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Matot Masay 5773

Masay (Numbers 33-36 )

by Kalman Packouz

Rabbi Kalman Packouz' popular Jewish weekly.

GOOD MORNING! Once I was in line at a grill restaurant when the woman in front of me asks, "May I have a shwarma please ... and would you please warm the pita before you put the meat in the pita?" The grill man replies, "No. The pita has to be heated after the meat is in it for best results." The woman responds, "I don't want it done than way. Just give me the shwarma without heating the pita." "No" replies the grill man, "If you want a warm pita, I'll warm it after I put the meat in." To the woman's credit she just laughs and exclaims to no one in particular, "This is incredible!"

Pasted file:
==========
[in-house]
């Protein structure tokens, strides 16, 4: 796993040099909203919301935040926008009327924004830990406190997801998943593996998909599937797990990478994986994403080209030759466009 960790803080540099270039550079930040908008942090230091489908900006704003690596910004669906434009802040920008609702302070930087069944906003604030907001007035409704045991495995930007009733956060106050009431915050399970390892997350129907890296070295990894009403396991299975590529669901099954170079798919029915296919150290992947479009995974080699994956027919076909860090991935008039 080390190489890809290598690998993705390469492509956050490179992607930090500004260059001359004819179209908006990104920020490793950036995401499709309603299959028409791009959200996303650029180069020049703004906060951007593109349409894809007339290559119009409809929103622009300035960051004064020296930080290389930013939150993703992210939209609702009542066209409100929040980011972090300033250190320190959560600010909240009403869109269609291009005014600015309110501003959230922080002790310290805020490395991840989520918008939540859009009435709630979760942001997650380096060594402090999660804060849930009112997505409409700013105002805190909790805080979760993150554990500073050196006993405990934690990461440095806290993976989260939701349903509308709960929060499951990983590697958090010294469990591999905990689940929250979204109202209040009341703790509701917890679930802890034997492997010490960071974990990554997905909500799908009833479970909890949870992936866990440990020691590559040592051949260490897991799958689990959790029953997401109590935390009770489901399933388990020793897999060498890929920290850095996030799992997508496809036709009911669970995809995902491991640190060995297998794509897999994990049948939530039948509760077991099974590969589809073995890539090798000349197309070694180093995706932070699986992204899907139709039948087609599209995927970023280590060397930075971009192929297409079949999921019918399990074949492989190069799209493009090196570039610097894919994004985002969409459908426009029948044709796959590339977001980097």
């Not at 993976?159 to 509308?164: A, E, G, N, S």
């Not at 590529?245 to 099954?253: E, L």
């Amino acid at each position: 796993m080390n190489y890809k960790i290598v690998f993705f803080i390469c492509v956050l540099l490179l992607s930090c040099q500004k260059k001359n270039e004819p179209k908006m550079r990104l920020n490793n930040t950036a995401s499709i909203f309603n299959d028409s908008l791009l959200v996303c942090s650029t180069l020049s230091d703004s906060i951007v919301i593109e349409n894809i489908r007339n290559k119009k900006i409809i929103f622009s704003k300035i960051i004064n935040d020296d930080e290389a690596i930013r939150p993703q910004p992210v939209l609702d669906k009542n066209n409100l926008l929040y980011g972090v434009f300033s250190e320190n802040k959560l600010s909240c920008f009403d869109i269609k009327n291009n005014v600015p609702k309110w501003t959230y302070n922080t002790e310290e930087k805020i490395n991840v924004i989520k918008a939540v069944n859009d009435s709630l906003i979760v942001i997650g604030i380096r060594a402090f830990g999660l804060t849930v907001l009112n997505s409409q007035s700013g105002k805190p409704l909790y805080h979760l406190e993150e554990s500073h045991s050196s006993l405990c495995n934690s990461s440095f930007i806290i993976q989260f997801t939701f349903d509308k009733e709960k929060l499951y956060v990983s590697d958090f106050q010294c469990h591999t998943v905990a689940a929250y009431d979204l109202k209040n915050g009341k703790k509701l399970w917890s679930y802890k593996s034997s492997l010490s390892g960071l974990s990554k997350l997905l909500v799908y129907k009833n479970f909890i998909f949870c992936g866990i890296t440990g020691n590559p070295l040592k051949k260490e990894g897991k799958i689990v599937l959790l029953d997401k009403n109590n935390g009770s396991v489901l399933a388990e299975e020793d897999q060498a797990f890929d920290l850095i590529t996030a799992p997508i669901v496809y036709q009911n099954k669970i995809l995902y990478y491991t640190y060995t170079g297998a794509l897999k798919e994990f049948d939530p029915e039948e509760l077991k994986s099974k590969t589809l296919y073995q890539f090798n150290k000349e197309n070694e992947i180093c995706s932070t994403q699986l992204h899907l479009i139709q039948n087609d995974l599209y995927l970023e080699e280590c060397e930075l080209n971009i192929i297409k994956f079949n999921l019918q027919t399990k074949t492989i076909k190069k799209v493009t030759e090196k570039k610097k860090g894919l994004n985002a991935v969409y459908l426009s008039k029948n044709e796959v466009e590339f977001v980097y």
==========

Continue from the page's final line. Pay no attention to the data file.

When we do an act of kindness we must make sure that the kindness is for the good of the person and what the person wants.

It reminds me of the story of the father asking his son, the Boy Scout, if he did his good deed for the day. The boy says, "Sure, I helped an old lady cross the street. It took 12 of us." "Why did it take 12 boys to help her across the street?" asks the father. Answers the son, "Because she didn't want to cross!"

Every act of kindness has the possibility of a personal benefit. We must work to divest ourselves from our personal interest and to do kindness just to help someone.

The Sages call the kindness of burying someone a "chesed shel emes" -- a true kindness. Why? As mentioned, in every kindness there is hope or a possibility that the kindness will be returned by the person. When one performs the necessities for a burial -- a tahara (gently washing and clothing the body while reciting prayers by people who truly care) and kevura (preparing the grave and doing the burial, attending the funeral) -- there is no way that the deceased will ever repay this kindness. Yes, the Almighty rewards us for every mitzvah we perform, but the person will not repay the kindness.